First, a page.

After a very busy week, here's some things advisors need to know as they speak to clients this week.


"I've been in this business 25-30 years. There's that saying 'people don't care how much you know until they know how much you care.' Clients will forgive a certain amount of underperformance if they know how much you care and that you're working for their best interests. It's important to know about the client's life to do this well. 

Hal Cumberland  financial advisor with Raymond James Financial Services, Wichita, Kan.


"Today I attended a session at the conference on the iPad. I want to start using it more for conference room presentations -- showing clients presentations from across the table. It's less formal and more laid back."

Thomas Rillo, financial planner, Raymond James Financial Services, Bloomington, Ind.


"Keep clients up to speed on whats happening in the news and try to break down complex issues that can affect them, such as the fiscal cliff and sequestration with Congress. I craft an email letter and send it to compliance and then I send directly to the client. We've had very positive responses from clients saying 'thank you for helping make us aware of that.' The number of Americans who actually understand what's going on in the news is low. Advisors can do this to better help them with investment planning." 

Jenny Hilliard, financial advisor, Raymond James Financial Services, Raleigh, N.C.


"Investors should add exposure to floating-rate, credit-based fixed income to their portfolio to replace low-yielding, interest-rate sensitive, traditional core fixed income."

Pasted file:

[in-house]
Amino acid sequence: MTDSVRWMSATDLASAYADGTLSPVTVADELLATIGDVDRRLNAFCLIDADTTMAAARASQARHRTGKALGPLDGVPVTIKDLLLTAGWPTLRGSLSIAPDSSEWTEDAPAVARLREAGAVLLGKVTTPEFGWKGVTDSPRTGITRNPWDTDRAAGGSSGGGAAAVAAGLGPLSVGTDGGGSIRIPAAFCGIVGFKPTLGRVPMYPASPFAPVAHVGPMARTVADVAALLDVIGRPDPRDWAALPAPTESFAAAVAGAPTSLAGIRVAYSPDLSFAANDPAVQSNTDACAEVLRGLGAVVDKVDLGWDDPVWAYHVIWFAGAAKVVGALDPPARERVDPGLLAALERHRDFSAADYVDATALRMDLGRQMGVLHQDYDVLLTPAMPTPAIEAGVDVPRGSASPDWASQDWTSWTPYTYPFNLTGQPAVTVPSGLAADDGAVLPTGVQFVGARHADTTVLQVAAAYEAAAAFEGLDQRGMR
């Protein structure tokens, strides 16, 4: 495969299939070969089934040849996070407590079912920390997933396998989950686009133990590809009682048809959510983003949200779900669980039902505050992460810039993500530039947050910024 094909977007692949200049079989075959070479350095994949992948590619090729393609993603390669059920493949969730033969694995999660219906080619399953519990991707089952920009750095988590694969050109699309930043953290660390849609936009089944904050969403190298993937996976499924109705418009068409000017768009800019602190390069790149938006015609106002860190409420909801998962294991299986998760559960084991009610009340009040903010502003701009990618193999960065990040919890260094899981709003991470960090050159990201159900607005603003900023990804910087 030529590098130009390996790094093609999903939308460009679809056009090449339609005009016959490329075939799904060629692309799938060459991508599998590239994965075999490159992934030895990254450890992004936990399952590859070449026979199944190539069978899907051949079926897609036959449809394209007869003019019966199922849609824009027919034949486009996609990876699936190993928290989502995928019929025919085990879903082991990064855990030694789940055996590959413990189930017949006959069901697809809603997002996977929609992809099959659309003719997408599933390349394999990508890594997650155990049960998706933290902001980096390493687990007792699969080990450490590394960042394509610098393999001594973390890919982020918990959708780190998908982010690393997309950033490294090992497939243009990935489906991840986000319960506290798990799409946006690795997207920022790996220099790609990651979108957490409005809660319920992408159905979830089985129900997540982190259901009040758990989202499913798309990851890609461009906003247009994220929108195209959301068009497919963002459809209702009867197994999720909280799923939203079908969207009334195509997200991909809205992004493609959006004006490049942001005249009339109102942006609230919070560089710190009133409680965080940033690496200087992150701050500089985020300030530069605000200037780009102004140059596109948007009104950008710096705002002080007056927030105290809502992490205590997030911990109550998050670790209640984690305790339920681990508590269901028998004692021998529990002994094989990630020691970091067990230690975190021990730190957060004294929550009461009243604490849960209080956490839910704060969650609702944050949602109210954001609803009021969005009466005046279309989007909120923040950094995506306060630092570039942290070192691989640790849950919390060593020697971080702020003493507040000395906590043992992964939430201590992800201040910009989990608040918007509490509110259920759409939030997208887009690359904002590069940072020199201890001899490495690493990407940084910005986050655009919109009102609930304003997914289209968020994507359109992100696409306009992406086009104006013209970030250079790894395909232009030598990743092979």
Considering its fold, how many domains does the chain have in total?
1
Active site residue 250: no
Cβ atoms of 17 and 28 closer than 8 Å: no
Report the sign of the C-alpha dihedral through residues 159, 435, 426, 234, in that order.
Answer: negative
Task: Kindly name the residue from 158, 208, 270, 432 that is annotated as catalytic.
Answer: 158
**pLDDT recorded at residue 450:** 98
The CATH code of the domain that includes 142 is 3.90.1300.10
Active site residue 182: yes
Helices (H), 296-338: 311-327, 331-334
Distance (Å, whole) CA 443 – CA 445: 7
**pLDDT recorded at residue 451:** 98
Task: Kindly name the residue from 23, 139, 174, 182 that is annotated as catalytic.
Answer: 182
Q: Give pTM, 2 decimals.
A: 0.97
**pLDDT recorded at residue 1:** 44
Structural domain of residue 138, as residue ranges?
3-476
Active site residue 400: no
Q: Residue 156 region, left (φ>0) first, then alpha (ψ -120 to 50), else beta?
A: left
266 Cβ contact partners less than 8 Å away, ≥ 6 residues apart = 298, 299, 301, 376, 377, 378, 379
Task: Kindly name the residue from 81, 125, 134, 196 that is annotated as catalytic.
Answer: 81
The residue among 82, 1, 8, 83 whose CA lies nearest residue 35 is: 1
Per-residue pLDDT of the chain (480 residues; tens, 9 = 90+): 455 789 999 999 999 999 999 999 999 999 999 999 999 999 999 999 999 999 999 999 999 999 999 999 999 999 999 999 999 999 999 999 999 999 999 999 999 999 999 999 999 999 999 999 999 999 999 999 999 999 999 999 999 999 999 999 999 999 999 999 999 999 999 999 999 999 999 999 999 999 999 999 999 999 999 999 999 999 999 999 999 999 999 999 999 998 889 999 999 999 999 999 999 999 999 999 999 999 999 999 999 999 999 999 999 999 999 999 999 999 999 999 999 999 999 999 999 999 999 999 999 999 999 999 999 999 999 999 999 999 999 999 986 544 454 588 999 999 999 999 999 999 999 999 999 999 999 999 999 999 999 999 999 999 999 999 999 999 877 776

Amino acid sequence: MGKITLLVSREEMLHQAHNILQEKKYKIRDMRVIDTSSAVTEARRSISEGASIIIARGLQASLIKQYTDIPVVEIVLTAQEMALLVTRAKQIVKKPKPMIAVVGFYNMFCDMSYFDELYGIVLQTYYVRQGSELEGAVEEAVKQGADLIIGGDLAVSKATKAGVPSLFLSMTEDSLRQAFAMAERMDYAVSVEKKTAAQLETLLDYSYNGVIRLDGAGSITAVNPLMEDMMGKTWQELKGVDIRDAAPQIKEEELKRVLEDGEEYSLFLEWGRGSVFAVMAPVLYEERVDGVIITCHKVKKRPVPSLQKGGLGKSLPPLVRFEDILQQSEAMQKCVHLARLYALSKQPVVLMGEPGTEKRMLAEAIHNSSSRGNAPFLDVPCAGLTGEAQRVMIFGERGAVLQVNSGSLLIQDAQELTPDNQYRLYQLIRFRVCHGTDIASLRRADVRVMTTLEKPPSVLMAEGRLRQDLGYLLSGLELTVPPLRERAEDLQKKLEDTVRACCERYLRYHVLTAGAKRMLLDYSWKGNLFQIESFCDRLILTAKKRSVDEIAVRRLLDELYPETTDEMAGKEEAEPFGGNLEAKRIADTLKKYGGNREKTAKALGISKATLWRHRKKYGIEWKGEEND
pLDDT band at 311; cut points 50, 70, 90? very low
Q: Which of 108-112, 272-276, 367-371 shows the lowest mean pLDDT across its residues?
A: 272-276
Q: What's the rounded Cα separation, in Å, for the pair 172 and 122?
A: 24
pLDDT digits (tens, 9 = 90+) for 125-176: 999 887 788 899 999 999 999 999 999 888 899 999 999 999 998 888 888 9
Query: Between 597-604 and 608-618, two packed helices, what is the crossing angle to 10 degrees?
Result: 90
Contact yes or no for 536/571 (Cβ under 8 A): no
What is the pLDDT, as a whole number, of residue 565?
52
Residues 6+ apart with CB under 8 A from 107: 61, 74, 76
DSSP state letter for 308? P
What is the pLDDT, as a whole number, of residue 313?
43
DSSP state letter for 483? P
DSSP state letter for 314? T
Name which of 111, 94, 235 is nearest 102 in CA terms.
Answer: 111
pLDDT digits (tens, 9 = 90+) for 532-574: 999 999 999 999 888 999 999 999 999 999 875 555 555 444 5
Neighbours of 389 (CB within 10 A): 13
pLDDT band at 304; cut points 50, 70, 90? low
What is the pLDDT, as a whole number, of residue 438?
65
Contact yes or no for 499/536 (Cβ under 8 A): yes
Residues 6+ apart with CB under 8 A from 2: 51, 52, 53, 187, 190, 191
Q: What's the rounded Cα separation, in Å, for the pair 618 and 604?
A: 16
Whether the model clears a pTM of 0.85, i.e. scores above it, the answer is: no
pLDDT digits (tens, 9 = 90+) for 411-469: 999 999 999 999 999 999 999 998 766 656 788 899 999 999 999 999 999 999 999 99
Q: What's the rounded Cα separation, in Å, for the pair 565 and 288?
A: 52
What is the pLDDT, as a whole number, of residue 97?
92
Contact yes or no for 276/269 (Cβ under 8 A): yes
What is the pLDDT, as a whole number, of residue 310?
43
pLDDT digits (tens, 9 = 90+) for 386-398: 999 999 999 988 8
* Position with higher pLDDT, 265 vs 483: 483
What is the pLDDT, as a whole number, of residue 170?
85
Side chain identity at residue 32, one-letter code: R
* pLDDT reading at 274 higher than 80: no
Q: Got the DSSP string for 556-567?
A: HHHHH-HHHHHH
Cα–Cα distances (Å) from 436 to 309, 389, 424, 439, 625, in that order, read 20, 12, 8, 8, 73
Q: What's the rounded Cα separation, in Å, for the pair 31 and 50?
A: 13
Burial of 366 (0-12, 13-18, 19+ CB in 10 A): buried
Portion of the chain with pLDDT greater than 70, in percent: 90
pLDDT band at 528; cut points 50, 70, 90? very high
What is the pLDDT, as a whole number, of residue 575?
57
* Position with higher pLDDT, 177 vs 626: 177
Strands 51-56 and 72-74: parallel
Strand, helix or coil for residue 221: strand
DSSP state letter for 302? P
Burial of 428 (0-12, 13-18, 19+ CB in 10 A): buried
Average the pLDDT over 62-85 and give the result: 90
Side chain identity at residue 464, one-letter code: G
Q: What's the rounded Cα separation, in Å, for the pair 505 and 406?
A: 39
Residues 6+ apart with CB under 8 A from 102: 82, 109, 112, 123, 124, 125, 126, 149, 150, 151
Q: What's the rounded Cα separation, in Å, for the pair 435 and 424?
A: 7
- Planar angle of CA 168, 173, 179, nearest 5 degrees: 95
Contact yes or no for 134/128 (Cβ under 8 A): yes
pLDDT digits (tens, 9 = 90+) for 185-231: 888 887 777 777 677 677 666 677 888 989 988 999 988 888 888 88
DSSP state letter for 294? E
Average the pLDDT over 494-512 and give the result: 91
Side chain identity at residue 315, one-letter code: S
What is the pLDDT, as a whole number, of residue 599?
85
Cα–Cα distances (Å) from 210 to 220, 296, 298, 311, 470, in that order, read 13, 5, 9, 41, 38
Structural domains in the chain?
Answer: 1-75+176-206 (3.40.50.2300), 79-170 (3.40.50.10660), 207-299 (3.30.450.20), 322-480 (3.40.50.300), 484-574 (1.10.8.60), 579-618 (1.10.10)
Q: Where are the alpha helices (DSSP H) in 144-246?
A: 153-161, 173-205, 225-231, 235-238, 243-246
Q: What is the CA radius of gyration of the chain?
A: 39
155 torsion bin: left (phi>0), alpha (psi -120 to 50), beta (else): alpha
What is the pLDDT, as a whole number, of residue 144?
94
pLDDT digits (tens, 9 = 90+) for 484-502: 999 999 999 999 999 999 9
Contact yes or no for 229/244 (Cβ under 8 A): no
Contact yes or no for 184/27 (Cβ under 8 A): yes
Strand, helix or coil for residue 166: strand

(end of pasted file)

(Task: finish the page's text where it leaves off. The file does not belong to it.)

Brad Friedlander, managing partner of Angel Oak Capital Advisors, Atlanta


"According to a recent study by the National Bureau of Economic Research entitled 'The Composition and Drawdown of Wealth in Retirement,' married couples save an average of 10 times more than their single counterparts. Among other things, the report also highlights where peoples' assets are held, and provides food for thought regarding when annuities are suitable. You can read the full report here."

Robert Sofia, cofounder & C.O.O at Platinum Advisor Strategies, Ocala, Fla.


"With tax season behind us, there's never been a better time for advisors to approach accountants so that you can partner with them to help build your financial planning practice. Being able to offer comprehensive financial guidance for your clients is greatly enhanced when you have access to an interdisciplinary team that provides additional expertise. At this time of the year, accountants will have many clients looking for referrals to competent advisors, and as such, it's a great time for you to approach them with with the idea of a revenue sharing relationship. These types of partnerships will deepen client relationships, provide a higher level of service and open up additional opportunities for growth."

Paul Saganey, president of Integrated Financial Partners, Boston


"People want to work with people they have an affinity with. Make sure that your bio and marketing materials provide an opportunity for them to see some common ground. Never forget the importance of raising the prospect’s comfort level through your education, hometown, hobbies and charities."

Jill Anderson, vice president of marketing, Integrated Financial Partners, Boston


"Dare to be different. You will never rise above the pack if you are part of the pack. Find a way to be memorable and differentiate your practice. I know one advisor who tried unsuccessfully for a very long time to get an appointment with the owner of a large construction company. So he hired an ice cream truck and sent it to the construction site of one of their projects on a very hot summer day. All the workers got free ice cream and the very next day the advisor got a call from the previously hard-to-reach owner. Business owners respect another business owner who shows creativity and diligence."

Jill Anderson, vice president of marketing, Integrated Financial Partners, Boston

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